I love my employer here in the Netherlands, and I’ve been here for nearly 5 years. I love our motto, the branding, and most of all, the lessons that I learn nearly every day from either a crazy business idea that doesn’t pan out, to a technical improvement, to a story that emerges from a team that’s pushing the edges of our technology stack.

In fact, I’ll even put a call out that if you’re a developer, or a manager with a technical background, you should totally come and join us! Check out our recruitment website or send me a message on Twitter.

So, I love the responsibility and freedoms that come with my role, BUT, I do acknowledge that in 2018, my role was quite draining; mentally, emotionally, and sometimes even physically… Moving into 2019, I will be keeping a close eye on making sure that ratio is still balanced evenly between my love for my employer, my day-to-day responsibilities, and my need to make the right decisions for myself, and also my family.

Closing out

Late into the year, I stumbled across a short post titled 37 lessons from this years Do lectures, which led me to finding out about the Do Lectures, and after watching a few, and finding myself nodding along in agreement, I took that post from @Matt Spry and condensed it down into a single-page Google doc that I then printed and highlighted the ones that are most important to me.

When I looked back and compared this list to some of the notes that I took from the Lead Developer London conference, I saw that there were a few similarities in some of the take-aways and so I decided to make it a bit more visible…

I hope that by sharing them with you (and possibly adding them to my Management Handbook?), I can hold myself more accountable to these phrases that stuck with me.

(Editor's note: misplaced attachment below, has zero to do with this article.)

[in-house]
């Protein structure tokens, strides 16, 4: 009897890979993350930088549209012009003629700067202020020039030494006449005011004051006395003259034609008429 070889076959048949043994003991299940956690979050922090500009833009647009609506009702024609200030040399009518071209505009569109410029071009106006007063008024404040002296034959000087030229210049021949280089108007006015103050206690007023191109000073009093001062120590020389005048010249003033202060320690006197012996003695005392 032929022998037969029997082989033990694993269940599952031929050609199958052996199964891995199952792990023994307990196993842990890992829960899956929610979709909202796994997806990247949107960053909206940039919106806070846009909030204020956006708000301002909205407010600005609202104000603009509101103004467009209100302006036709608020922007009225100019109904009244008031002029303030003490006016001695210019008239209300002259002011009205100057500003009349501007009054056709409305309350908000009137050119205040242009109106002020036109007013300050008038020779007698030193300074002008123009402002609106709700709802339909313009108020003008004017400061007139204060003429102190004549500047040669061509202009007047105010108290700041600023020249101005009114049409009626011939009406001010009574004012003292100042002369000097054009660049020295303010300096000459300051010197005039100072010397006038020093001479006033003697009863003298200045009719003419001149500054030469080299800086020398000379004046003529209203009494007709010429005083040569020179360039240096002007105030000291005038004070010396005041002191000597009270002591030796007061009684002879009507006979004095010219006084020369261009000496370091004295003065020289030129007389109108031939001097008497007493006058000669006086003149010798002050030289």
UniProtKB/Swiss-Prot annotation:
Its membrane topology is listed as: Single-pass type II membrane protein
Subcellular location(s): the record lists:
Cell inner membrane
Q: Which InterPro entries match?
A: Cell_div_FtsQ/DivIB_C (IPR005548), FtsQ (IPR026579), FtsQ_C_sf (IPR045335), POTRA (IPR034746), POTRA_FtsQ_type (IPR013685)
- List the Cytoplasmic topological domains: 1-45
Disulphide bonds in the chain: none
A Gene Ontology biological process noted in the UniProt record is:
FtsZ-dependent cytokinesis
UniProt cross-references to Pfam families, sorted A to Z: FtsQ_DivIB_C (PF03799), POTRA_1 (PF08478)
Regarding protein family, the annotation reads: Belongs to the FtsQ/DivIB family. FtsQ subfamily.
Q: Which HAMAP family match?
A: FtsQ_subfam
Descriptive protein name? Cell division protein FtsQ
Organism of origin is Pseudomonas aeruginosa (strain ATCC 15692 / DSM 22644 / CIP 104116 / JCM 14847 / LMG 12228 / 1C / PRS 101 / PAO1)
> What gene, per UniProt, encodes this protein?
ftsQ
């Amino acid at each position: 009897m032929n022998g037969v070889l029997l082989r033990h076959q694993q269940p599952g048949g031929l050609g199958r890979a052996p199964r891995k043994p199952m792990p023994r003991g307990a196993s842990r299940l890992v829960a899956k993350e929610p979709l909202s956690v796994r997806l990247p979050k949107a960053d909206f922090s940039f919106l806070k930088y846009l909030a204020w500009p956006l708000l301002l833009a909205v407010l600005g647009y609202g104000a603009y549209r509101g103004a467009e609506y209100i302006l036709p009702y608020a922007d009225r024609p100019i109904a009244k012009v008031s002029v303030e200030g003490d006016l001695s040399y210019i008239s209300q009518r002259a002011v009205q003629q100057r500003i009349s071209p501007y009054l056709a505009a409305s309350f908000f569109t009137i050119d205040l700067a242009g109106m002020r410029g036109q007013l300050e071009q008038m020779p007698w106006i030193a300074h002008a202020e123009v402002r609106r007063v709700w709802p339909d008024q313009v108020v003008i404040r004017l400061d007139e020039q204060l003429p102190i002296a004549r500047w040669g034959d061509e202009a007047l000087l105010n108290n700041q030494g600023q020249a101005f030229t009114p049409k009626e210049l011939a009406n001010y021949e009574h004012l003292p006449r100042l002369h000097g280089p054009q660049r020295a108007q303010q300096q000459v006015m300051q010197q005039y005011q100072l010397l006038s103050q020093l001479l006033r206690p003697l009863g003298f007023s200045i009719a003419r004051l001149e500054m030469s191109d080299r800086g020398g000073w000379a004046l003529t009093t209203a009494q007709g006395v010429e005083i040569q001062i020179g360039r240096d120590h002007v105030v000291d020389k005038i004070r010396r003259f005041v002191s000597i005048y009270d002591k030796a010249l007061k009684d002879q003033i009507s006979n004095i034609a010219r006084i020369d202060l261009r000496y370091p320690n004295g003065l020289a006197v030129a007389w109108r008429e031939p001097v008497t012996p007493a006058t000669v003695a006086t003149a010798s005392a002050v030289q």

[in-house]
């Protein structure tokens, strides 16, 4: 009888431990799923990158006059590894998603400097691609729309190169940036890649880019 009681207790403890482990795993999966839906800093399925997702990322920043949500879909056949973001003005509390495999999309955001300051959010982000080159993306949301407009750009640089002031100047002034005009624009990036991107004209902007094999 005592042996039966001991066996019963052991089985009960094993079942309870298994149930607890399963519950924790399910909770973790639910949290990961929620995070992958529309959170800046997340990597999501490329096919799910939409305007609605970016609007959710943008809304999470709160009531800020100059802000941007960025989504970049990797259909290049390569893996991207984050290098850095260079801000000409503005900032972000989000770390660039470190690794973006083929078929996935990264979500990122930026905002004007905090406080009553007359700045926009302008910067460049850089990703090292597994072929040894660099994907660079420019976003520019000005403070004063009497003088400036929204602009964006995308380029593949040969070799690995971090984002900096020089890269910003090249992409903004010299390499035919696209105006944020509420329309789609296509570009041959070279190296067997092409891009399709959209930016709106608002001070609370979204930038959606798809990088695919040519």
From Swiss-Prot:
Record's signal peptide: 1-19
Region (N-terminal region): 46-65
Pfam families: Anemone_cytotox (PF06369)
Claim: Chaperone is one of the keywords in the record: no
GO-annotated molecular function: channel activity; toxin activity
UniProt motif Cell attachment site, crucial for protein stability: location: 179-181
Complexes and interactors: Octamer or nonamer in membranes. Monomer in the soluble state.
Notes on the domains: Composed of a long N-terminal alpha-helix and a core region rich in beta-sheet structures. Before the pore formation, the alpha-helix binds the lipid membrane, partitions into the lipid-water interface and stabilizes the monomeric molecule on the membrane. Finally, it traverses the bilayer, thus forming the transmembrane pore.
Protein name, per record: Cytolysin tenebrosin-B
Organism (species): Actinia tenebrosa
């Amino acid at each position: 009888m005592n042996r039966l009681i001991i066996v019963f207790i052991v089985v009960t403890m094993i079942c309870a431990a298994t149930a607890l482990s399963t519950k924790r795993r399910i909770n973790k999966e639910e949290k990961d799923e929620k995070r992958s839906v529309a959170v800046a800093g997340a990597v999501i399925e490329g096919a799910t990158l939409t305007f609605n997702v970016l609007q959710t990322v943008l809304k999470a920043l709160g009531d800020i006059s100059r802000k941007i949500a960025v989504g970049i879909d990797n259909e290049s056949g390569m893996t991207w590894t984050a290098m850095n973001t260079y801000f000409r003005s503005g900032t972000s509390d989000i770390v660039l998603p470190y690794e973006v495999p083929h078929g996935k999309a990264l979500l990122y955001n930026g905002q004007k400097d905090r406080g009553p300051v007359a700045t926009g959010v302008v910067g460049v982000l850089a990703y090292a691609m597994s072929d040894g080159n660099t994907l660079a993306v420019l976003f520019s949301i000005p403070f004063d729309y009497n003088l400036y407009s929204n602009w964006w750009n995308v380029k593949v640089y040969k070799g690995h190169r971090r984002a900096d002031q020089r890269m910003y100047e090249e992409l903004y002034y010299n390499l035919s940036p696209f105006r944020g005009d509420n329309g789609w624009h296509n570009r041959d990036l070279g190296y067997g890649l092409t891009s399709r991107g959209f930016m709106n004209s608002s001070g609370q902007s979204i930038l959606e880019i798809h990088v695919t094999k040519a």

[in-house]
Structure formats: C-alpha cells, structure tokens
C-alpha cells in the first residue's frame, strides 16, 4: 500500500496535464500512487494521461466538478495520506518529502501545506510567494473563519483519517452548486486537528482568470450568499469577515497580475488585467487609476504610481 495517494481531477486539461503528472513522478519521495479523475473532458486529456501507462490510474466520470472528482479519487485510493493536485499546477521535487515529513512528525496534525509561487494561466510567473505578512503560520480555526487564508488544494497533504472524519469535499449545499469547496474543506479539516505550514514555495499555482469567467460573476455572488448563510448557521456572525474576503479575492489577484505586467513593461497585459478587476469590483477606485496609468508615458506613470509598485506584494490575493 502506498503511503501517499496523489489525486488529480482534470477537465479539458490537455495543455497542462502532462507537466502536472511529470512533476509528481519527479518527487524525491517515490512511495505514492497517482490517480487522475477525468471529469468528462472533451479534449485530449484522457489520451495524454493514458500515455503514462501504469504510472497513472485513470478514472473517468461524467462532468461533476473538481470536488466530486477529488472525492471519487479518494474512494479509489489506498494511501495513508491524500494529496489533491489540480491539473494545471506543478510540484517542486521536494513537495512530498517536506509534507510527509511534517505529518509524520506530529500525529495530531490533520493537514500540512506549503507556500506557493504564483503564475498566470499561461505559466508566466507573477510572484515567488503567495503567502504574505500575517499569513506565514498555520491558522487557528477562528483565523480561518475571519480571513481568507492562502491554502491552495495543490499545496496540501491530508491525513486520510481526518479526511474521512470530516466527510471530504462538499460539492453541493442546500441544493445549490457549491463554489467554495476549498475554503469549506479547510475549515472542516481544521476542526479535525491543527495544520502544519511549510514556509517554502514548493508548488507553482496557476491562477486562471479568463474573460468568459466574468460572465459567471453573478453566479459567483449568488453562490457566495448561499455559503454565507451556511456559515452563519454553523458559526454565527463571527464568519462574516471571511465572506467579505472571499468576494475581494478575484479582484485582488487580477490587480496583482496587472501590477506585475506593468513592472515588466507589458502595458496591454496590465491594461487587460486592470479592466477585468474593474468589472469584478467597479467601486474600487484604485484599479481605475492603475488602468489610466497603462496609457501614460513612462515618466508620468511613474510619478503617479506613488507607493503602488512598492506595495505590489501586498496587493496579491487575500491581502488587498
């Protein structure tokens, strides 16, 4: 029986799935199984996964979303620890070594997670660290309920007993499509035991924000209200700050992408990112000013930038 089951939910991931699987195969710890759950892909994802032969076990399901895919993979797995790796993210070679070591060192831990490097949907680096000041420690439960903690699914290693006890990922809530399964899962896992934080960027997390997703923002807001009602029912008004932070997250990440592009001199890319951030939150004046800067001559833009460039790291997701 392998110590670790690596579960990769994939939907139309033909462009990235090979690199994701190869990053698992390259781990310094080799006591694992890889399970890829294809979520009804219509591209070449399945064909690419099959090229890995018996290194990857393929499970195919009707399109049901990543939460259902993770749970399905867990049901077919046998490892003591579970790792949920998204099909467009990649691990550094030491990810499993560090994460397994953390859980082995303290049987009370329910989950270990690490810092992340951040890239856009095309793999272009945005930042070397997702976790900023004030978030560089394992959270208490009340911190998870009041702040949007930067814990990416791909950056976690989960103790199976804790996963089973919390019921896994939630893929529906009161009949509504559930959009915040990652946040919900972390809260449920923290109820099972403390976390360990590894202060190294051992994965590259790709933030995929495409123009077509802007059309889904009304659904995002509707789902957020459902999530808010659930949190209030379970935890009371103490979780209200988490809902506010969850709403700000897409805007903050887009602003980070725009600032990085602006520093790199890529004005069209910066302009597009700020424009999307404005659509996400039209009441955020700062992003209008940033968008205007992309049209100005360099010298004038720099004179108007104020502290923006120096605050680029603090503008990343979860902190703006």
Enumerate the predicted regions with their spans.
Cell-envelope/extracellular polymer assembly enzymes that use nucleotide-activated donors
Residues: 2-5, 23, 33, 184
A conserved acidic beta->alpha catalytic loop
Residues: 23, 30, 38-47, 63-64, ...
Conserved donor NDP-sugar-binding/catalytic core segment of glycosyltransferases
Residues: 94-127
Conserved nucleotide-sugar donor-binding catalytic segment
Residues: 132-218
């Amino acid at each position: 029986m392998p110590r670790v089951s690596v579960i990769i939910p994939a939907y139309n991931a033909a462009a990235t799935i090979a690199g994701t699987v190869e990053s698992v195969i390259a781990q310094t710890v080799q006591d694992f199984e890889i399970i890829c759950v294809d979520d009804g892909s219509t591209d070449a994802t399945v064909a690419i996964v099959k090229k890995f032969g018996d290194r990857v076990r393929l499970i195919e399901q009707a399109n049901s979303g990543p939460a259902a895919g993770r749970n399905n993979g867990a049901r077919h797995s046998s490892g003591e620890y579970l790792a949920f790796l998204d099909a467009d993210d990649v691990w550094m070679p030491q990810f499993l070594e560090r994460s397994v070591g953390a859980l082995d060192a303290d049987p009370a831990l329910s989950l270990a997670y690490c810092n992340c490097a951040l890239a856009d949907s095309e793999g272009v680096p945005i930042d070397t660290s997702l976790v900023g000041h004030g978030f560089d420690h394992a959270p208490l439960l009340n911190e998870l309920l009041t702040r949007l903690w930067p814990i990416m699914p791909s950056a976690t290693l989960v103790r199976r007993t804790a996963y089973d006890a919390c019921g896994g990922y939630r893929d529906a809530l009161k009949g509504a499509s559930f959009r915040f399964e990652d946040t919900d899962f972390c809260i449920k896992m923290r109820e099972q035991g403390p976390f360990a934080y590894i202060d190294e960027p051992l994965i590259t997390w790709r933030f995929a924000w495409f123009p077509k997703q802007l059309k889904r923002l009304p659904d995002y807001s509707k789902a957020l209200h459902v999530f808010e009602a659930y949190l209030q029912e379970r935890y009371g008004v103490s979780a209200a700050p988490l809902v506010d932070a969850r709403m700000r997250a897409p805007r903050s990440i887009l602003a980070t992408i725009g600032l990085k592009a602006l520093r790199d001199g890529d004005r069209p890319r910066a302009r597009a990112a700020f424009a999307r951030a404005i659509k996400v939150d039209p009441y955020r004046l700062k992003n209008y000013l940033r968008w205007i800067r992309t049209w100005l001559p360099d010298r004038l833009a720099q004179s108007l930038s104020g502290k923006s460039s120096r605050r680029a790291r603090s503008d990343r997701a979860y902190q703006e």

In no particular order, but in a very particular grouping, here are the ones that stood out to me that I will try and live-by in 2019:

General mindset:

  • Do less, but better
  • Build adventure into every day, whatever that means to you
  • We must have the gumption and guts to do what we know is right
  • Control what you let into your body and mind; Our physical and emotional well-being is an expression of being in balance.

Work life:

  • Consciously choose everything you do
  • What is most interesting to you? Do that!
  • Ask how can you put others in a position to succeed wildly
  • What does the world need now, that you are uniquely able to deliver?
  • Find and celebrate the soul or essence of every organisation
  • Space and environment matters more than we realise
  • Ask what we can do to serve those closest to you

Personal life:

  • Follow your curiosity, talk to more people, try things, tell your story
  • Look for where your personal voice and commercial opportunity meet
  • What is the “from… to…” you want to create?
  • Take a long-term view of the change you want to make. How does this change the way you do things?
  • Beauty and fun is often in the little things

…and there’s one more that really stood out to me:

Remember that nobody knows what they’re doing! We’re all making it up as we go along.

So, with that, Happy New Year, and hopefully I’ll see this editor a little more regularly in 2019!

I'm Pat Hermens, an Australian that's spent a decent amount of time living & working in the Netherlands.
I am a .NET developer (for the last 20 years or so), a technical manager, a public speaker, a happy husband and father, but most of all; I'm just a nerd.
I'm currently a Director of Software Engineering at Slalom Build in Sydney, Australia, and I was previously Development Manager at Coolblue in Rotterdam, NL.